What would you do if a 16-year-old student became verbally abusive, doused you with a milkshake, and then picked up a chair with the intent to throw it at you? Unfortunately, this is not a random scenario; incidents like this one that happened at a U.K. high school recently are not isolated cases. How are you, as a teacher, supposed to handle a situation like this?
Robert Cox, a 13-year teaching veteran, made the decision to push the out-of-control boy into a chair and physically restrain him there. A video record of the incident showed that he was attempting to protect himself and other students. He was fired for his efforts. Obviously, Mr. Cox’s reaction was seen by the administration as unacceptable. Instead, he was accused of escalating the incident and provoking the boy, thereby causing the problem.
So what should you, as a teacher, do in such a situation? Do you simply talk to the student, try to calm him down? Do you back away and give the child time to cool off by himself? Do you threaten the student with disciplinary action? Do you do whatever is necessary to ensure the safety of all students, even if that means physically restraining an out-of-control student?
Keep in mind that teachers are human beings. Reacting to a physical threat is instinctual. Mr. Cox had already been physically threatened when the student had thrown a milkshake at him, so it was likely that the chair may indeed have been the student’s next projectile. Was his reaction out of proportion to the threat? Perhaps not.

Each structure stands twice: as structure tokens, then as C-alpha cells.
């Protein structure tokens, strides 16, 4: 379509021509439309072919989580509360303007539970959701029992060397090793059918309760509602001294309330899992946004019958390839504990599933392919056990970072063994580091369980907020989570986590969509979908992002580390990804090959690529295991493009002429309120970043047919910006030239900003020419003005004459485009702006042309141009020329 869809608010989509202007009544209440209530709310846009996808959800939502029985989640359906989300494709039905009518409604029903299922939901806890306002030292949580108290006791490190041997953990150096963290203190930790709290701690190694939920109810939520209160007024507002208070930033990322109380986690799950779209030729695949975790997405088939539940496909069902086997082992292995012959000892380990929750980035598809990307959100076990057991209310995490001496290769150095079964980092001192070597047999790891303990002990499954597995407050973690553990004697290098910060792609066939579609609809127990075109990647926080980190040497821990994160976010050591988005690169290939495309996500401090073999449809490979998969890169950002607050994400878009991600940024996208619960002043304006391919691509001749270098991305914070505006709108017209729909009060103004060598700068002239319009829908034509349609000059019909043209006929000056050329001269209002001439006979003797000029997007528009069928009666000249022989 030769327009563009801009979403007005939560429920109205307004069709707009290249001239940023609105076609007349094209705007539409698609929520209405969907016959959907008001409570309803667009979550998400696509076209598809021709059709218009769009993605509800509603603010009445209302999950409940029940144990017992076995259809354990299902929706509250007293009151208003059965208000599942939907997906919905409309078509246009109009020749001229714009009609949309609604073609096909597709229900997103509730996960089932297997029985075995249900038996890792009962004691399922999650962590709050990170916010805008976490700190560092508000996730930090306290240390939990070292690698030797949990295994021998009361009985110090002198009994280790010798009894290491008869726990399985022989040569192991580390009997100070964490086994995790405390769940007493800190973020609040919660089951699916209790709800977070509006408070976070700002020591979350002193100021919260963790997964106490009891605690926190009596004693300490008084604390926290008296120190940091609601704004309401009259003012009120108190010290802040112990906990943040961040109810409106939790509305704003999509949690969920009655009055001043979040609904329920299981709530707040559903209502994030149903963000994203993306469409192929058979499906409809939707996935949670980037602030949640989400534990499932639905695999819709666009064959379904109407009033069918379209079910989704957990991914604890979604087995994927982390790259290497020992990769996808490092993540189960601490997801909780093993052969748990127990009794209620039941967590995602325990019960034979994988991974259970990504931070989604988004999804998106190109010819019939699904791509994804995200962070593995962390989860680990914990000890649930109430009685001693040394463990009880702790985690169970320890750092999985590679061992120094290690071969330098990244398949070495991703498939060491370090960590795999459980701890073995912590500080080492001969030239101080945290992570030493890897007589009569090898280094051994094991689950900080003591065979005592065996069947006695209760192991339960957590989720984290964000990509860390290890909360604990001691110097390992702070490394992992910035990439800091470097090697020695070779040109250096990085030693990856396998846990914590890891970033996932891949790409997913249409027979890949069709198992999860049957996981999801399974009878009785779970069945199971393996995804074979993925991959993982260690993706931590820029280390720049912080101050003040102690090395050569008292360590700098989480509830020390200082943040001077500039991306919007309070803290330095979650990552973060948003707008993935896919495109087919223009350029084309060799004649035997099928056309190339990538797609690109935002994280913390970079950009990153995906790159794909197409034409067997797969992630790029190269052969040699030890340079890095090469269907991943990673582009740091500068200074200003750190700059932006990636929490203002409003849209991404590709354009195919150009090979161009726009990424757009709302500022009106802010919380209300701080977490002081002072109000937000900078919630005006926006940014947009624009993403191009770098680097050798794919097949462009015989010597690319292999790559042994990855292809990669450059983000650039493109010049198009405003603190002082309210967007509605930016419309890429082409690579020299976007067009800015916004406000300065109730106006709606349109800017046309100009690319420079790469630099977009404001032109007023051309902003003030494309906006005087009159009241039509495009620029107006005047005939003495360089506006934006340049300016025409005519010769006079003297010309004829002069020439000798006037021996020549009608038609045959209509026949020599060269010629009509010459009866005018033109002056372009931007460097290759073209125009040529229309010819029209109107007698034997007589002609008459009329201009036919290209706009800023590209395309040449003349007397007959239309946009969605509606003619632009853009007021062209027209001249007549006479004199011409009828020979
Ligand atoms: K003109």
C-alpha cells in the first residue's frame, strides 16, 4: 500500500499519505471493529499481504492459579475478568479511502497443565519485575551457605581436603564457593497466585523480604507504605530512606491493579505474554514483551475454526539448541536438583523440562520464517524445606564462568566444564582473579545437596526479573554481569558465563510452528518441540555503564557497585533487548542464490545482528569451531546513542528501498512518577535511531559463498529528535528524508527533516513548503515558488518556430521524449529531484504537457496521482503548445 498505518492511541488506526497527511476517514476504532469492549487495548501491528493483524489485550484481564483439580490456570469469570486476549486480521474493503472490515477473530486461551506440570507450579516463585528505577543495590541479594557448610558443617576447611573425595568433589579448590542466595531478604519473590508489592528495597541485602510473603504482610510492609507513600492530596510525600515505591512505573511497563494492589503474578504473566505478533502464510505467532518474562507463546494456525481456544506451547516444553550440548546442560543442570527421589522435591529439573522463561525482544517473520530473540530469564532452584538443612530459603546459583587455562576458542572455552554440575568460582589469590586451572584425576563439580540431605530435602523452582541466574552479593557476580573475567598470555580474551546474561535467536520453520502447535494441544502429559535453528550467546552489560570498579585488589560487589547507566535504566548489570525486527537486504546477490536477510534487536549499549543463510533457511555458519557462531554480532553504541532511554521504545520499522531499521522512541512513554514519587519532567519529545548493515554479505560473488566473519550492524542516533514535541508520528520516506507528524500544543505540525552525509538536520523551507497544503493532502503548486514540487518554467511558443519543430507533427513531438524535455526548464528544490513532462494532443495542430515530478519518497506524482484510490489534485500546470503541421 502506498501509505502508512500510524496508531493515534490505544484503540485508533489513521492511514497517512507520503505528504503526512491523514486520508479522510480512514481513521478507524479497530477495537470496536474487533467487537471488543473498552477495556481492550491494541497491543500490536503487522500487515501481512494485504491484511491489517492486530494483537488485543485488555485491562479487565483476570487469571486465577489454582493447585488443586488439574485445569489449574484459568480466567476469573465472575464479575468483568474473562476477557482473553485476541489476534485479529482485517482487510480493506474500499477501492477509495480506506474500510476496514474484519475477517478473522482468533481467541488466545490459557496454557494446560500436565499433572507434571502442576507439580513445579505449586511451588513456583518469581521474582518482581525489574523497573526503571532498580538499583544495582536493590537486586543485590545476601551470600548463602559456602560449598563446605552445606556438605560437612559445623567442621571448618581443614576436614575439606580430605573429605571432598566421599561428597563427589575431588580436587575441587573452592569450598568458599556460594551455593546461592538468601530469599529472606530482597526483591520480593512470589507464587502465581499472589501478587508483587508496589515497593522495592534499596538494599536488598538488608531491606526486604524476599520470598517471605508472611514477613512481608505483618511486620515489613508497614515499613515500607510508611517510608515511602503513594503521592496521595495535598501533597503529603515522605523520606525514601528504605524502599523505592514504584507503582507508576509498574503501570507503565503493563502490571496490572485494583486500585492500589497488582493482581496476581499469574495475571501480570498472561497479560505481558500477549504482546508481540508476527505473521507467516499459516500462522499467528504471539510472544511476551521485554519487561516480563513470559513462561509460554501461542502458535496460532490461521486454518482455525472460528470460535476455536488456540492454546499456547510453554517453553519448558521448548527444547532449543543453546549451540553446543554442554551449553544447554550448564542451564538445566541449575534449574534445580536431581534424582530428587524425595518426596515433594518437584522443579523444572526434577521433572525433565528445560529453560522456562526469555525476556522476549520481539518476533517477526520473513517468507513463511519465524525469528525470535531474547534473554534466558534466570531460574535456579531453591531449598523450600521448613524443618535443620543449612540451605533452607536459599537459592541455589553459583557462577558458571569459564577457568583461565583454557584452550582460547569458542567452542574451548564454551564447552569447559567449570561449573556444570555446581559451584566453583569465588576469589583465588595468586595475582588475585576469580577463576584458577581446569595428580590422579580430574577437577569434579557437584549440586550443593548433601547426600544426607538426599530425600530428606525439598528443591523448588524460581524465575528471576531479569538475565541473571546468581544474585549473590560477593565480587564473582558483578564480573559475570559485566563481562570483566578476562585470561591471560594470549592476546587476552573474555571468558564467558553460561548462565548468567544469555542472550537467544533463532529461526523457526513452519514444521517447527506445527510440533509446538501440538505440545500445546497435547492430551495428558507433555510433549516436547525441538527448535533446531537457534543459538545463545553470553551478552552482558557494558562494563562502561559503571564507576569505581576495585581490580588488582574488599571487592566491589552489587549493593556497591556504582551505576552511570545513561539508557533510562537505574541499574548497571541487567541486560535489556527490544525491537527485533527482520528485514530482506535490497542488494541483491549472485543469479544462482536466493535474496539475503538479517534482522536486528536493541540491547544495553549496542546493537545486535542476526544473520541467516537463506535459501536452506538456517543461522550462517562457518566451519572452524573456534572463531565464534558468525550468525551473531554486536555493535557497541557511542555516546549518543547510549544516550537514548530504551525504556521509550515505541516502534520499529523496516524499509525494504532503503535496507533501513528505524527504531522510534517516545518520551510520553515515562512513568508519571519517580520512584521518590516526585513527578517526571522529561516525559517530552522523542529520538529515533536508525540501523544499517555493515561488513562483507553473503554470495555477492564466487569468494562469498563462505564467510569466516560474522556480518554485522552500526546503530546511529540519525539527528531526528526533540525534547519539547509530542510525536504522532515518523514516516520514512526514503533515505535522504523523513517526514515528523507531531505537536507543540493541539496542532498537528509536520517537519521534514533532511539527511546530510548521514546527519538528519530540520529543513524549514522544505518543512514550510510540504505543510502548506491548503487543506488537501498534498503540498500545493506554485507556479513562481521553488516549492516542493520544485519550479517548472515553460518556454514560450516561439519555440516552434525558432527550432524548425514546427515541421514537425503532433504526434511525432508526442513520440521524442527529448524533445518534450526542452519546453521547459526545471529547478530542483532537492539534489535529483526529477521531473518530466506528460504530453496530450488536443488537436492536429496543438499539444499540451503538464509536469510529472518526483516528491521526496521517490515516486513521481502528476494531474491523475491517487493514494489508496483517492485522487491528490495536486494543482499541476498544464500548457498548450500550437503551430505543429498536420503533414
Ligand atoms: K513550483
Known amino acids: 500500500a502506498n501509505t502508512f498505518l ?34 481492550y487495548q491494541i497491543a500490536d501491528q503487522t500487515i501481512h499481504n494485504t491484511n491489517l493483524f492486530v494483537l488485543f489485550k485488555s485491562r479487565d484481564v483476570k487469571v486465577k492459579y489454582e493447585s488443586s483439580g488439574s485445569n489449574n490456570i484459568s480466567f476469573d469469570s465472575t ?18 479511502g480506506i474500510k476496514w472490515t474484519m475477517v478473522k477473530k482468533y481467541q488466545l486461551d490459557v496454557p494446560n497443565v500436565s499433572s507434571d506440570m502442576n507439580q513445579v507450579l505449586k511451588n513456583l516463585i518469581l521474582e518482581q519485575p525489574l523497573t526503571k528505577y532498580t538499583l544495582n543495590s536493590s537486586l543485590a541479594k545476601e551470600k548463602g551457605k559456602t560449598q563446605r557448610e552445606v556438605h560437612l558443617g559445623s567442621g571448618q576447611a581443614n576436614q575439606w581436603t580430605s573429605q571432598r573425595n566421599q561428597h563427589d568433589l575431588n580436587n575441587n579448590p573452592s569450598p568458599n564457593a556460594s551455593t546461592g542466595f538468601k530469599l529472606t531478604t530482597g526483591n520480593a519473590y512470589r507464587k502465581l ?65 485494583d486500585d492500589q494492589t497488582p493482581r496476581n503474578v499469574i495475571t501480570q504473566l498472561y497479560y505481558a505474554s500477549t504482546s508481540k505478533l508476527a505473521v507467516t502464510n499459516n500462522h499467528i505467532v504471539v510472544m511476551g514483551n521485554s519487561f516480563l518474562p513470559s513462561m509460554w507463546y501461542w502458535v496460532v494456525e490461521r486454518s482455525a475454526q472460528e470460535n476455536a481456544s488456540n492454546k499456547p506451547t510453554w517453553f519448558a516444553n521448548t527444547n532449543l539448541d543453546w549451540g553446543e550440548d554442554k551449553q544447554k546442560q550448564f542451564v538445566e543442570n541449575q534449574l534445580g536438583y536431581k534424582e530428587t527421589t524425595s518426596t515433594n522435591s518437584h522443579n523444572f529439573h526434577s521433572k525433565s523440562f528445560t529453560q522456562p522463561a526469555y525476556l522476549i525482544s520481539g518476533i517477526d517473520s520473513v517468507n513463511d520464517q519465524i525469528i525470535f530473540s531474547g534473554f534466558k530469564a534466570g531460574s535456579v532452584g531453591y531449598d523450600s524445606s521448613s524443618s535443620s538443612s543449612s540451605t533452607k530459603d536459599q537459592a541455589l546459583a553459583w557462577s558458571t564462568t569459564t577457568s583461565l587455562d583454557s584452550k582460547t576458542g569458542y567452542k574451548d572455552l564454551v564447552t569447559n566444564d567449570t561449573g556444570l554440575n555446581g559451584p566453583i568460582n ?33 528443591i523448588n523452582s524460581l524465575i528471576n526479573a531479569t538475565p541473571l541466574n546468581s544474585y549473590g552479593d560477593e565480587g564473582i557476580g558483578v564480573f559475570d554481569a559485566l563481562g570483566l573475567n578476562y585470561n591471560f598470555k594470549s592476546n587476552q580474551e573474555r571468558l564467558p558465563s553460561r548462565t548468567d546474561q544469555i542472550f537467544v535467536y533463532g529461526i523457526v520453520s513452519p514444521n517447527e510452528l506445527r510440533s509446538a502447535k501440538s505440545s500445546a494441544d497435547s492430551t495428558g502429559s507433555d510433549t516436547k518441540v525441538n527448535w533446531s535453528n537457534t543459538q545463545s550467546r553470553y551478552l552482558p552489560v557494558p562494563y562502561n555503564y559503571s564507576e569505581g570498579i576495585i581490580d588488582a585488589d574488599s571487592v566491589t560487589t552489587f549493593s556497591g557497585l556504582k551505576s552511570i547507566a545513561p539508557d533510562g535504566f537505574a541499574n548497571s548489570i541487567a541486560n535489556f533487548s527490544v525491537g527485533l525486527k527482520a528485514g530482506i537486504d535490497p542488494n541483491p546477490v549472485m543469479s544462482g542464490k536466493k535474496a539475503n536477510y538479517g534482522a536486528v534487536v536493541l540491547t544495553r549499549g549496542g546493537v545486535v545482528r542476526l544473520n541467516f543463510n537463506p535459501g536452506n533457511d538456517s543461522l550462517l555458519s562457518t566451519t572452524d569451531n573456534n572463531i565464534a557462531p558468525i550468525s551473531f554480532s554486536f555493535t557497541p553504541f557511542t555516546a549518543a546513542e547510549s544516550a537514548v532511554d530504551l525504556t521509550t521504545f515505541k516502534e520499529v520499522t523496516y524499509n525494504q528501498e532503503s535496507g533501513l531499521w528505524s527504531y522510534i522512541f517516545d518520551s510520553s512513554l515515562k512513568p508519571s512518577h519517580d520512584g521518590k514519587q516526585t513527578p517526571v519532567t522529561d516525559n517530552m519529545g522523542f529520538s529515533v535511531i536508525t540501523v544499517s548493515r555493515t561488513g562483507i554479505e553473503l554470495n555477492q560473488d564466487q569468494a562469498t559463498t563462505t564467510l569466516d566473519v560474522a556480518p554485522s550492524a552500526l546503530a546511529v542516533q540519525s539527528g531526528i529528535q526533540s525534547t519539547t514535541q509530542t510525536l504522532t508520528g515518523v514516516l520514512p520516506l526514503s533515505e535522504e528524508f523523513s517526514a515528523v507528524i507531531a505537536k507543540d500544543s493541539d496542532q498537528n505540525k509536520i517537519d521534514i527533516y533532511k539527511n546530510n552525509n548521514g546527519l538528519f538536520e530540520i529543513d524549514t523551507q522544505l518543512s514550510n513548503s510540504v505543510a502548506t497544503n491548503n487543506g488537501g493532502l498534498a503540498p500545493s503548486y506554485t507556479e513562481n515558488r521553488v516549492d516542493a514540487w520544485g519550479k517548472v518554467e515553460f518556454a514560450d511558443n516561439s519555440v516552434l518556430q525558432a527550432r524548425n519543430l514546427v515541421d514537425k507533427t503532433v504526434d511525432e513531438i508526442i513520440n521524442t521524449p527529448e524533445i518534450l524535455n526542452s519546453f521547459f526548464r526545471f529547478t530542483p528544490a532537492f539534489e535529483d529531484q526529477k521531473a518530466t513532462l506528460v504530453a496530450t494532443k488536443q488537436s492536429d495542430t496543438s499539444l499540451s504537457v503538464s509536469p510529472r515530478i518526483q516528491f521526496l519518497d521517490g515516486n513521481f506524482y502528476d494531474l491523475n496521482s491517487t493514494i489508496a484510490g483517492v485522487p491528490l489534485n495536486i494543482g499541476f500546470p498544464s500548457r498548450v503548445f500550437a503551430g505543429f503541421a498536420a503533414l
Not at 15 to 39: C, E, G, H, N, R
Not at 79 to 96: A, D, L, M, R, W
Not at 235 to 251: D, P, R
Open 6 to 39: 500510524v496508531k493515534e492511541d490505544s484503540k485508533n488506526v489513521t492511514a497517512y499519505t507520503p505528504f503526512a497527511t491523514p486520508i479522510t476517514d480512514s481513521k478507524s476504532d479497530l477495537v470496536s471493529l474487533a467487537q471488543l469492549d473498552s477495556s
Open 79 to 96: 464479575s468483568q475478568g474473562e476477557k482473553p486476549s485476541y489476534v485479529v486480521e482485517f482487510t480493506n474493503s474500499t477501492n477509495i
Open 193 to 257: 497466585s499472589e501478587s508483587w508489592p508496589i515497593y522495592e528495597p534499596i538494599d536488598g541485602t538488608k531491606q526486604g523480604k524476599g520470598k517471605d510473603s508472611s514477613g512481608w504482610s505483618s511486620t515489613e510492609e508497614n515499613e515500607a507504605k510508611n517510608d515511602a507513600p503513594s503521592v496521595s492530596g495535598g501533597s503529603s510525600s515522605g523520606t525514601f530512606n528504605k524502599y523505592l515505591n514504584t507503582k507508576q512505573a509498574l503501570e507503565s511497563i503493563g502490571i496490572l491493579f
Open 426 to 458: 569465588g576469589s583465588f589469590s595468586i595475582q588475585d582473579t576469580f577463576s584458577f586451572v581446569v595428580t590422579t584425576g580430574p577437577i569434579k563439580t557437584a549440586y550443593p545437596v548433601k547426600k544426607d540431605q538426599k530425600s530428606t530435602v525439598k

Of course, each situation is different and much depends on the personality and experience level of the teacher. I have not seen the video of Mr. Cox’s incident, but I have personally witnessed several such cases when I was teaching in the public schools. Occasionally, a teacher involved in an incident will overreact to a perceived threat, but most often the out-of-control student is truly in danger of harming the teacher, other students, or himself.
I always try to keep my cool in these situations. Sending for help, talking to the student, and keeping other students from coming too close are priorities. The few times I have had to restrain a student before he or she injured me or someone else, I did not react from anger. Perhaps that is the key. If you can keep the situation from becoming a personal battle between teacher and student, you can keep your head and consider your options. You’re the adult; he or she is the child. Use that experience and keep your cool.
Teaching is a noble, honorable profession. It is difficult to believe that handling volatile situations like this has become fairly commonplace for teachers.